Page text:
Framework Creation for Reducing Errors and Jammers Localization in Wireless Networks

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Framework Creation for Reducing Errors and Jammers Localization in Wireless Networks

Shalini B.K

Department of Computer Science

T. John Institute of Technology

Prof. Srinvasa H.P

Associate Professor Department of Computer Science

  1. John Institute of Technology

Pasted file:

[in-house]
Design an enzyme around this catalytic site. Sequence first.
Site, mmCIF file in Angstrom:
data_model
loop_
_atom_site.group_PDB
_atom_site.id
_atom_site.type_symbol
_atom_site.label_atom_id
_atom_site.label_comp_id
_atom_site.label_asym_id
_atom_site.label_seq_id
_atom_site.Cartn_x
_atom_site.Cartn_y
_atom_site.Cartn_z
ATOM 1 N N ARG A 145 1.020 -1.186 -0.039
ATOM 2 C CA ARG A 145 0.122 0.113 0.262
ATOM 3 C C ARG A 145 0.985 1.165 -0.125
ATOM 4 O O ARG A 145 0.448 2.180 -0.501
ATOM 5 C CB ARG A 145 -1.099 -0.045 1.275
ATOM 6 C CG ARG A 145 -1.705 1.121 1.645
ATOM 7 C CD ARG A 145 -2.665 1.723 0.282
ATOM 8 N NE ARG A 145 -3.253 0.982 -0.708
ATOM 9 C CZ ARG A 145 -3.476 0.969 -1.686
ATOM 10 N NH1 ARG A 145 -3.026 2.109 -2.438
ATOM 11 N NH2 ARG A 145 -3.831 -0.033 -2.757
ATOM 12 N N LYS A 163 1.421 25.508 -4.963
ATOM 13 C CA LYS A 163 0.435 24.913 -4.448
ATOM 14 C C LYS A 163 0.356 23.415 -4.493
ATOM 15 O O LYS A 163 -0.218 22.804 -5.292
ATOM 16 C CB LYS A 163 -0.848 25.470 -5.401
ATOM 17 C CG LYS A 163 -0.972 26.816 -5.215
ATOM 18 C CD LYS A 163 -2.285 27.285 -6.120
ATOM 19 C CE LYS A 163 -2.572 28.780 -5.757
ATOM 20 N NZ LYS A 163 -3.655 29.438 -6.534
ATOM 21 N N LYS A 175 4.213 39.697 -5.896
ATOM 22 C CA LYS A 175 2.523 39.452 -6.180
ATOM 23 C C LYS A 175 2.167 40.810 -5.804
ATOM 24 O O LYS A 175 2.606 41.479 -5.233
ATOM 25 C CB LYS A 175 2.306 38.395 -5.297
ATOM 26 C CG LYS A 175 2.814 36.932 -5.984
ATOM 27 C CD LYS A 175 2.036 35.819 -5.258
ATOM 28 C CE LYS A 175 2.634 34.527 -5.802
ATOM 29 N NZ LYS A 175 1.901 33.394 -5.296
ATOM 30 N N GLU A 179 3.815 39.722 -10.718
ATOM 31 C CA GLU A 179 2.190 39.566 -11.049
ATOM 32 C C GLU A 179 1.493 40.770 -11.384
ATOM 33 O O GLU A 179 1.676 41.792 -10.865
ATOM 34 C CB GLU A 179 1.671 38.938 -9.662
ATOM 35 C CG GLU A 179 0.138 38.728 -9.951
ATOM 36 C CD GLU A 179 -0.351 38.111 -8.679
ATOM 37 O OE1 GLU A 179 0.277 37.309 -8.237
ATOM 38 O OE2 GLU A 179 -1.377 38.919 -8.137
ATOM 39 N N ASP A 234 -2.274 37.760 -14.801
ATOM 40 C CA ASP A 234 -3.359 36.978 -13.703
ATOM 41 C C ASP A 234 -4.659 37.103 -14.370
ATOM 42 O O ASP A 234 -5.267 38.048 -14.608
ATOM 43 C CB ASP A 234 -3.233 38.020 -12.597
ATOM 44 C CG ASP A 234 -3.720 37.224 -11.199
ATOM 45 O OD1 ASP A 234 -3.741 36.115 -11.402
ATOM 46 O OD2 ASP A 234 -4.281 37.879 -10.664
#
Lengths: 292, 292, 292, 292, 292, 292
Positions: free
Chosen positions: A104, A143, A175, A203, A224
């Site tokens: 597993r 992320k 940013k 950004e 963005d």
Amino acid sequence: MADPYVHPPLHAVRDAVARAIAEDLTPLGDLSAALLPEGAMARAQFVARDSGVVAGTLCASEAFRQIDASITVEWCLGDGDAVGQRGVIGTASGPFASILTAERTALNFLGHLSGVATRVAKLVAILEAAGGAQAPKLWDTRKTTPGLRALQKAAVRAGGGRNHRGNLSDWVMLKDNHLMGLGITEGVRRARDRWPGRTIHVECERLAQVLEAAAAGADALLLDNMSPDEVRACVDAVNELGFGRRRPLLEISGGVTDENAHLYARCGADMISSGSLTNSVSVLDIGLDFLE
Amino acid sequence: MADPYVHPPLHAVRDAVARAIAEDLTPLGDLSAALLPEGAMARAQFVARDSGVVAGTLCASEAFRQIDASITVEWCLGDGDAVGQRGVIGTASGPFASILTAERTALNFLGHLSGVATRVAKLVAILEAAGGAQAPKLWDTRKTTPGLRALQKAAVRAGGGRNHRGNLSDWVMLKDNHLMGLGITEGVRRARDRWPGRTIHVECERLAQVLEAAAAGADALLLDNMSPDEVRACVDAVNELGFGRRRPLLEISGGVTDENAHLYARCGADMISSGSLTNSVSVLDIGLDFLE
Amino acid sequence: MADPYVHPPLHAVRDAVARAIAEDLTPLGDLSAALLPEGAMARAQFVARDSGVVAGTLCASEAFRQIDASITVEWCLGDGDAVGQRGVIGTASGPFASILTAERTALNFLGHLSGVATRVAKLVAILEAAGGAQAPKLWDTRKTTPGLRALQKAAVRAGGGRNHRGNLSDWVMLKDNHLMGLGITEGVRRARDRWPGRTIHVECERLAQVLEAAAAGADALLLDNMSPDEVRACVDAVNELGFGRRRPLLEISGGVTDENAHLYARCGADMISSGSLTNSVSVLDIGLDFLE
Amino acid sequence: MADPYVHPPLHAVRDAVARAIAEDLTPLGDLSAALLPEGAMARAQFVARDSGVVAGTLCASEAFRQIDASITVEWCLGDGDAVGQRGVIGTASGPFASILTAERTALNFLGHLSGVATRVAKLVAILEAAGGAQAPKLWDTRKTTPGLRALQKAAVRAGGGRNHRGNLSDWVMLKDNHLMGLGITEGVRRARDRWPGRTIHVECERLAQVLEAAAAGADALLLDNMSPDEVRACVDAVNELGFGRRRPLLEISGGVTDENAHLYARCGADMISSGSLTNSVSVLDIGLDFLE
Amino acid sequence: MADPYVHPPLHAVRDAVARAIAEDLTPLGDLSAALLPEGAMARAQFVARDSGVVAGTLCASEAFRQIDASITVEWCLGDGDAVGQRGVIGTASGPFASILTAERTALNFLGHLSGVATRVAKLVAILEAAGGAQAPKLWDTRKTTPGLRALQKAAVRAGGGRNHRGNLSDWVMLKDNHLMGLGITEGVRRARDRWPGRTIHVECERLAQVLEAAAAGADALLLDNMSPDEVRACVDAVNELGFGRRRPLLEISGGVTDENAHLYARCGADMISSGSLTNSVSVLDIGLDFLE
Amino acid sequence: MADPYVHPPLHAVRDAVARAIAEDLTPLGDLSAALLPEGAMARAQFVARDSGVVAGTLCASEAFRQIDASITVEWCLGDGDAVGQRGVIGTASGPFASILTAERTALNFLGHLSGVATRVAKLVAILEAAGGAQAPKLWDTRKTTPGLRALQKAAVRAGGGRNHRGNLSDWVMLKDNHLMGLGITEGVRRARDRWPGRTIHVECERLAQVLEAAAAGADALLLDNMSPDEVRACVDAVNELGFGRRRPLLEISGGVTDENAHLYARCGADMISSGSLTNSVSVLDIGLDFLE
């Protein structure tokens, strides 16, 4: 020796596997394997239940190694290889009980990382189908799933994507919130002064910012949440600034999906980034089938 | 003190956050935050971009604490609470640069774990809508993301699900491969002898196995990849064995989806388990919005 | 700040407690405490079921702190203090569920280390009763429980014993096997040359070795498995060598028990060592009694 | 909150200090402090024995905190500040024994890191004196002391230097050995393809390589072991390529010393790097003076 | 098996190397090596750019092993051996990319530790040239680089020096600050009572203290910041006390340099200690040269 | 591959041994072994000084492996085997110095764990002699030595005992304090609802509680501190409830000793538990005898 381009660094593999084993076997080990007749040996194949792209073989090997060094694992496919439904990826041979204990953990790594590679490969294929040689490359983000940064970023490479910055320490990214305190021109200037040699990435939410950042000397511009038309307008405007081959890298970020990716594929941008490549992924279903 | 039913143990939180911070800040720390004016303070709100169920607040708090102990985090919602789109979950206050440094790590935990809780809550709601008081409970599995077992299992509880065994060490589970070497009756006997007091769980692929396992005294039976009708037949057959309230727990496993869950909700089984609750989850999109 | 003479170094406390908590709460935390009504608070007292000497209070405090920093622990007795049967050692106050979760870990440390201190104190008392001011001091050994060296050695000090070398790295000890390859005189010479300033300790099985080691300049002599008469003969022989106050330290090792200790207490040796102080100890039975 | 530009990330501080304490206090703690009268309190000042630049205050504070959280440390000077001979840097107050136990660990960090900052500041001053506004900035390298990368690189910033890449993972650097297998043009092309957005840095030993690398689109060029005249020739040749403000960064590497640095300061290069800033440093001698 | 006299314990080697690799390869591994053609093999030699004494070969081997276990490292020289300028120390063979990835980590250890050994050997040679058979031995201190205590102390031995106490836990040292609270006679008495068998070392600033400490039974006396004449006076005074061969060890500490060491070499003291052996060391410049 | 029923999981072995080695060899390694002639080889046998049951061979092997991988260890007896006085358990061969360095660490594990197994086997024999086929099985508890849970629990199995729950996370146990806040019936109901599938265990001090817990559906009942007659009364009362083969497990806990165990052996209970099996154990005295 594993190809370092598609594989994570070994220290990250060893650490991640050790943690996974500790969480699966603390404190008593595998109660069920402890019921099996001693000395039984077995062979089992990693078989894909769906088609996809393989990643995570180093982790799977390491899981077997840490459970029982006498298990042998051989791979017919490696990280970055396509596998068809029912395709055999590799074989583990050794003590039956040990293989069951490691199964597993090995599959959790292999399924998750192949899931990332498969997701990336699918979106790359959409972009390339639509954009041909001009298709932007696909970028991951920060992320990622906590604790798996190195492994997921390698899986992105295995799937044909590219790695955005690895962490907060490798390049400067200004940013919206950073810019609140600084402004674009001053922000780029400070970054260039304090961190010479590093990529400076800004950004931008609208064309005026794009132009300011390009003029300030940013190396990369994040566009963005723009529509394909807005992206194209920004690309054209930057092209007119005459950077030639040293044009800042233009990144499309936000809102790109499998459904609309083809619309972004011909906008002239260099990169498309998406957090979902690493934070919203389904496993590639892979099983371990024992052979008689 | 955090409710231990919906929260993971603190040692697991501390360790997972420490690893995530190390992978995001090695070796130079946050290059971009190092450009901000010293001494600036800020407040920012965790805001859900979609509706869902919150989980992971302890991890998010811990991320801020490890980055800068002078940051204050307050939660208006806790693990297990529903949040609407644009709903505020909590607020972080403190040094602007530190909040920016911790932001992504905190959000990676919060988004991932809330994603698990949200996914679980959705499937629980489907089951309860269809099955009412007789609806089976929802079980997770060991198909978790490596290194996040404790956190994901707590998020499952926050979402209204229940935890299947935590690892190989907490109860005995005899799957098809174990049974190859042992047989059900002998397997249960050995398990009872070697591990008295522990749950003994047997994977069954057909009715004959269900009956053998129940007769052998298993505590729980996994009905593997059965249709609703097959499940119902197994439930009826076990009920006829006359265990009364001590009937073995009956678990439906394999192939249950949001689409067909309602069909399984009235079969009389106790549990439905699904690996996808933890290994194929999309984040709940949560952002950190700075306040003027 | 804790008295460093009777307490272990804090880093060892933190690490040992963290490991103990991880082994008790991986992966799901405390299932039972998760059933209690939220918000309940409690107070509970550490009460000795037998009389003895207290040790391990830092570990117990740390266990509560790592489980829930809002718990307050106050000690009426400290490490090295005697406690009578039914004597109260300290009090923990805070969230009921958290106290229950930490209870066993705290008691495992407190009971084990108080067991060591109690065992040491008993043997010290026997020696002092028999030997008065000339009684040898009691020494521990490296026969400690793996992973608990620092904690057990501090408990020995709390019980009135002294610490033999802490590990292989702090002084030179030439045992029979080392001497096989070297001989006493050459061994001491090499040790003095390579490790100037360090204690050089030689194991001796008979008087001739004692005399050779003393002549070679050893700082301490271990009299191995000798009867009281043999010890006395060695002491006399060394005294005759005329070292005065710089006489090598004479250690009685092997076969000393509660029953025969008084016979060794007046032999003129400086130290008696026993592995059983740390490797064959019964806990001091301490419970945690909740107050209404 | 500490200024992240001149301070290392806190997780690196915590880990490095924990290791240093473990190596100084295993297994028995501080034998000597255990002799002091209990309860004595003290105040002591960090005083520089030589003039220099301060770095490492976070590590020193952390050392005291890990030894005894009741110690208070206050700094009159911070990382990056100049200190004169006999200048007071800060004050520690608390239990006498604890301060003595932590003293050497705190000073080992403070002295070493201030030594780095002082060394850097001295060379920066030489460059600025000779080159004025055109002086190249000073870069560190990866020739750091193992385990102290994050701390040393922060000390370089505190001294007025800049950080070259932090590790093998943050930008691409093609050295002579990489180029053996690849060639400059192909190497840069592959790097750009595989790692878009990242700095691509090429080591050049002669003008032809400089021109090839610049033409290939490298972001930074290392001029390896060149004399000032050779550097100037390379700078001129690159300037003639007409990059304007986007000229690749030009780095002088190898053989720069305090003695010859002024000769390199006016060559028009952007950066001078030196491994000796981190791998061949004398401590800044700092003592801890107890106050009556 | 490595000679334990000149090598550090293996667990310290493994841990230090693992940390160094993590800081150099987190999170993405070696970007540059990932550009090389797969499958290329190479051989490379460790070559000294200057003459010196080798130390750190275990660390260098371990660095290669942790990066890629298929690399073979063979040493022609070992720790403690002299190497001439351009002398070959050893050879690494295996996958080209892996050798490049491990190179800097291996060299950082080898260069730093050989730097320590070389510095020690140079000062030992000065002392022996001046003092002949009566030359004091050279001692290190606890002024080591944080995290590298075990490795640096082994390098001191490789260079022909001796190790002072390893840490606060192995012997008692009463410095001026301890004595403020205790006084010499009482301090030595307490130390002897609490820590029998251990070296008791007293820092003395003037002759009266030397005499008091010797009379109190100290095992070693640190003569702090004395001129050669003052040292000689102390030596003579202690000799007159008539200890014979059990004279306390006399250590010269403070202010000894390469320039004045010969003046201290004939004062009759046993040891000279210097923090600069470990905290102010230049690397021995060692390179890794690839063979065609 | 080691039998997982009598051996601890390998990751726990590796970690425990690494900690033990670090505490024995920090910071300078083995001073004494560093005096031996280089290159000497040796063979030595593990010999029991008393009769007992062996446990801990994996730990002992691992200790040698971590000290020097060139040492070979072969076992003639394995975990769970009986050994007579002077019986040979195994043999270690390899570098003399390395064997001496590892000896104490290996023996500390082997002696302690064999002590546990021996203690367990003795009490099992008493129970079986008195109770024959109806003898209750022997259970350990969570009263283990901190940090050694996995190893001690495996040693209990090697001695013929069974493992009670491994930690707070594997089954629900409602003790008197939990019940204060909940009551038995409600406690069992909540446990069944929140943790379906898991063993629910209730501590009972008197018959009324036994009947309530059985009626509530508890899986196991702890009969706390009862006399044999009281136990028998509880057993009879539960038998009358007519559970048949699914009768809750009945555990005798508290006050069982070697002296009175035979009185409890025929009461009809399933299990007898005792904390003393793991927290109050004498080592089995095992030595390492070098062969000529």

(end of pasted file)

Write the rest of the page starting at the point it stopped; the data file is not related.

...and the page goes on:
Abstract Jammers works as interfere to wireless local area networks. It can interrupt the communications in wireless networks, and position information allows to eliminate the jamming attacks. Our main goal is to design a framework that can find location of one or multiple jammers with a high accuracy. Existing jammer-location finding schemes uses indirect measurements (e.g., hearing ranges) affected by jamming attacks, using this measurements localizing jammers is difficult. Instead, this project uses strength of jamming signals (JSS) that is direct measurement . Estimating JSS is very much challenge as signals of jamming may be embedded in other signals. Estimation scheme is based on level of total noise in area and validate it with real-world experiments. To further reduce errors of estimation, we define a feedback metric to express the quantity of estimation errors and formulate jammer localization as a non-linear optimization problem, whose global maximal solution is close to true positions of jammers. This project includes searching algorithms for approaching the global maximal solution, and simulation show that framework for minimizing error gives better performance than the existing schemes. In addition, this error minimizing framework can utilize indirect measurements to obtain a better location estimation compared with previous work.